For 69-year-old Laurie Vidonne of Ellensburg, it was a day like many others: a few hours spent at the Adult Activity Center socializing with friends and a ride home from her husband Roy.
Then a life-threatening medical emergency landed Vidonne at KVH Hospital and brought Vidonne and her family face-to-face – albeit virtually – with a neurologist at Seattle's Virginia Mason Medical Center.
It happened January 29.
Her right leg had been giving her trouble that day. “Then I went into the kitchen to fix a muffin,” she says, “and I couldn't move my right side.”
Roy called 911. Experiencing stroke-like symptoms, Laurie was rushed by ambulance to KVH where Emergency Department staff immediately declared a “stroke alert,” sent her for a CT scan and began a battery of tests to evaluate her condition. That included a screening to see if she was a candidate for a clot busting medication that, if administered within a set number of hours from the onset of symptoms, can help prevent further damage from stroke in some patients.
Meanwhile, KVH staff contacted Virginia Mason Medical Center to arrange a consultation.
“In an emergency room you often wait,” says Roy, impressed with the immediate and efficient coordination of the Emergency Department response. “But they were johnny-on-the-spot.”
Telemedicine uses technology to enable practitioners in one location to diagnose and treat patients in another. It isn't new to KVH. Since 2011, KVH and Virginia Mason have had a collaborative telestroke partnership that allows Emergency Department doctors to consult with a neurologist at Virginia Mason when treating a suspected stroke patient. The arrangement also makes it possible for Virginia Mason neurologists to review CT scans for KVH patients. Last fall, telestroke was enhanced to enable neurologists at Virginia Mason to see and talk with a stroke patient and the patient's family, similar to a Skype call.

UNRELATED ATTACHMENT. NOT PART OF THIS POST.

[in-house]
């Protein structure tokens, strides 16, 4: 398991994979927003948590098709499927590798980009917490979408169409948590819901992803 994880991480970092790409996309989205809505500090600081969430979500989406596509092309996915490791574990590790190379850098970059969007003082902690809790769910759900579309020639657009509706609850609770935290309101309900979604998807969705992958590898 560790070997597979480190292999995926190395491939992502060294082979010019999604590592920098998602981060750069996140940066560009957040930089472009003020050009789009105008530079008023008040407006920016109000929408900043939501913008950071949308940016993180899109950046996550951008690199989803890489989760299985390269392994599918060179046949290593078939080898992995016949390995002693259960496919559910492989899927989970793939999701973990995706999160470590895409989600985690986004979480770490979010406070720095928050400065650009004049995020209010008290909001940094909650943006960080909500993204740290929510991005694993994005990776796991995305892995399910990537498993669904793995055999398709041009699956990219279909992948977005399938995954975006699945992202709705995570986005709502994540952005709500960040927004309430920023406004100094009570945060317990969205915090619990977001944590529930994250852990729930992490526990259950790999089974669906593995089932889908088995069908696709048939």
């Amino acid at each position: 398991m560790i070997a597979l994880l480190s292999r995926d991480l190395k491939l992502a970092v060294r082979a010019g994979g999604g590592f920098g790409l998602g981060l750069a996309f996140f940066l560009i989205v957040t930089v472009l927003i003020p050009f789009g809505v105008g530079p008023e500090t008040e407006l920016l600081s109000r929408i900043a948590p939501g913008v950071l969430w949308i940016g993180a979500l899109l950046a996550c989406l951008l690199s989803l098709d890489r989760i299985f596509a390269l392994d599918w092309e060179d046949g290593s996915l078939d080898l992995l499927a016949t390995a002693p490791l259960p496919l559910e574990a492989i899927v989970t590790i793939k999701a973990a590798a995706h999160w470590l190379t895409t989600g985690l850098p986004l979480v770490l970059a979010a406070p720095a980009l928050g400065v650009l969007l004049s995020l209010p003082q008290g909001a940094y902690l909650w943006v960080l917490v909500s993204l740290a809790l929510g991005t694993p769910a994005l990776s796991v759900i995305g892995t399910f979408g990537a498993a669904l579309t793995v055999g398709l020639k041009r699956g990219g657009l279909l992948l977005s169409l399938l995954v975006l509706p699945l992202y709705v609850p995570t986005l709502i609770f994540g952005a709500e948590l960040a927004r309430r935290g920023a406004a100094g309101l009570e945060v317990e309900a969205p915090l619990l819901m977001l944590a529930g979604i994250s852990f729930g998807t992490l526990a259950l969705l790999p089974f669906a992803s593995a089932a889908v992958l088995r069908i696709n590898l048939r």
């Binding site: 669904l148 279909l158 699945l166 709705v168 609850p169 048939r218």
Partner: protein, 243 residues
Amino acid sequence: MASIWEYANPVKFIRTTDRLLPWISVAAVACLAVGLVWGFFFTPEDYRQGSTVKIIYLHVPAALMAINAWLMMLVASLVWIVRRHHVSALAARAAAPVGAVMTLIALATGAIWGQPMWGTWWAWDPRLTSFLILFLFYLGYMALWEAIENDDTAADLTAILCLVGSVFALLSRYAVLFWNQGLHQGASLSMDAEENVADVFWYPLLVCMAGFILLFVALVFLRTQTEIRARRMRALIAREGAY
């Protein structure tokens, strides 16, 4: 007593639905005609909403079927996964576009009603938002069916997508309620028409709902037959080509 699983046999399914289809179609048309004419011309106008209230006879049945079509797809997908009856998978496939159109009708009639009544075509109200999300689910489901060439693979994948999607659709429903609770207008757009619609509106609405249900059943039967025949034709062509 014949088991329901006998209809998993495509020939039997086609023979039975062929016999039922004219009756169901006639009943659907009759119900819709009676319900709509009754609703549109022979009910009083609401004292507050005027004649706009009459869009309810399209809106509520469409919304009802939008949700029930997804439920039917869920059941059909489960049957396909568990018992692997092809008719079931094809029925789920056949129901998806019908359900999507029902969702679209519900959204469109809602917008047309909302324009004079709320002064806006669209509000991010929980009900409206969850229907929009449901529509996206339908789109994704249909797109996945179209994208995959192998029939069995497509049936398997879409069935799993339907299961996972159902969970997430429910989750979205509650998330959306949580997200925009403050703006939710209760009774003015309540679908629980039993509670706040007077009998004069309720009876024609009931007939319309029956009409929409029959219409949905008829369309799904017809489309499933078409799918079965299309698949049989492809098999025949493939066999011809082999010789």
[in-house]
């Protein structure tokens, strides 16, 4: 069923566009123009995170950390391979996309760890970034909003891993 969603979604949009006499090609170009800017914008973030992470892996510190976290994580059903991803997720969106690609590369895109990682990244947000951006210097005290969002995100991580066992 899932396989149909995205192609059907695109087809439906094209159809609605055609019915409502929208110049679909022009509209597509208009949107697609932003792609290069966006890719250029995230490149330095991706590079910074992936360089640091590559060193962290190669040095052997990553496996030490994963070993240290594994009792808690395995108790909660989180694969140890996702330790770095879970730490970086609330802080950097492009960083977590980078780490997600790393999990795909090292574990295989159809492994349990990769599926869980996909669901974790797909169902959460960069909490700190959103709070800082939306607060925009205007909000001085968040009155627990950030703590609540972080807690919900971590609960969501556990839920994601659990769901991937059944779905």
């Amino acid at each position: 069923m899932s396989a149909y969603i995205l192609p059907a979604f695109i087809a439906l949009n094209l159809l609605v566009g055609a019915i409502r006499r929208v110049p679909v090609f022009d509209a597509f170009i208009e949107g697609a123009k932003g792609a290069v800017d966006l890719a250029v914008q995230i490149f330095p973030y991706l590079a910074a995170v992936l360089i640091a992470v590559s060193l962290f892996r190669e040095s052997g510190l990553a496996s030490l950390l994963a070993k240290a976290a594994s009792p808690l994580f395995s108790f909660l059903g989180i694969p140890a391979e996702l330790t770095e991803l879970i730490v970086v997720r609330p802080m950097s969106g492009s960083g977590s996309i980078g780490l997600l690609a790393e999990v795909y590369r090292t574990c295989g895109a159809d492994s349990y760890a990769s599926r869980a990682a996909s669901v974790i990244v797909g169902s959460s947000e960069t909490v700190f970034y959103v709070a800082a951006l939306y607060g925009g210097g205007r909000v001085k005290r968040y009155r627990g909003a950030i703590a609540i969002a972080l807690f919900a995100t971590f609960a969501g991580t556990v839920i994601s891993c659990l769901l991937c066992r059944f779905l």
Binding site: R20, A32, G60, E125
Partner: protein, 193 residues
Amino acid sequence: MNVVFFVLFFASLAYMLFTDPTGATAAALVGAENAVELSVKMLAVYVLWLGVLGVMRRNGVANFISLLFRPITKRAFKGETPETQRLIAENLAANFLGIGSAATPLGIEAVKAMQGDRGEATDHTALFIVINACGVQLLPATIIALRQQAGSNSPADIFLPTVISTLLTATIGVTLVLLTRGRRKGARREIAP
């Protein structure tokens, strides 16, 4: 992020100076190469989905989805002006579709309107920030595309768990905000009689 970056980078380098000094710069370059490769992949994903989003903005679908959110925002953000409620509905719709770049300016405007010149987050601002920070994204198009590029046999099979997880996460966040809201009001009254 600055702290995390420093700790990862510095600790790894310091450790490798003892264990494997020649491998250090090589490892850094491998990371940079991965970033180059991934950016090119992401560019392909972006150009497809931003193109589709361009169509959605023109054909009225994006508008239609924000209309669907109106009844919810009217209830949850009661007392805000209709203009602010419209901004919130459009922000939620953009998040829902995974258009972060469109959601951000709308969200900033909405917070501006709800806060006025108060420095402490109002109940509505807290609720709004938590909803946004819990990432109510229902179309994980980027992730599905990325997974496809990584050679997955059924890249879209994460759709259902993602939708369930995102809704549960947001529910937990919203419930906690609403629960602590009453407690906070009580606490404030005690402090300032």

Laurie was told she would be examined by a specialist from Virginia Mason. A screen was moved to Laurie's bedside. With a KVH nurse helping guide the exam, Dr. James Bartscher, a neurologist at Virginia Mason, appeared on the screen and began talking to Laurie.
“I could see him but I didn't try to talk at first,” recalls Laurie who suffered a second stroke while talking with Bartscher.
“It was amazing,” Roy says. “It was really something to be here in Ellensburg and be able to get right through to a specialist at Virginia Mason. He looked at her and he talked to her and he knew exactly what was happening. He could see it and he told them what to do.”
Bartscher advised KVH staff to administer the clot busting medication tPA and Laurie was immediately transported by ambulance to Virginia Mason where she was hospitalized in intensive care.
Five days later, she was back in Ellensburg, living at a rehab center where her schedule included physical therapy six days a week.
“It's frightening how much work it takes to recover because the stroke took out my whole right side, from my face all the way down to my feet,” she said in March, sitting in a wheelchair at the rehab center. “I can pretty much feed myself now. That's one of the hardest things, not being able to do things like that.”
Her voice was hearty and her smile frequent.
But she admitted that on occasion frustration-fueled tears helped pave the long road to recovery. “If I didn't have the upbeat attitude I'd be losing it,” she said.
In early April Laurie came home, is now using a walker and is receiving outpatient physical therapy.
“She's doing well,” says Roy, her husband of 48 years, whose own brand of medicine is studded with both encouragement and gentle joshing.
“I have to be careful she doesn't get too far along with that right leg,” he said at one point, drawing laughter from his spouse, “or she just might reach out and whack me.”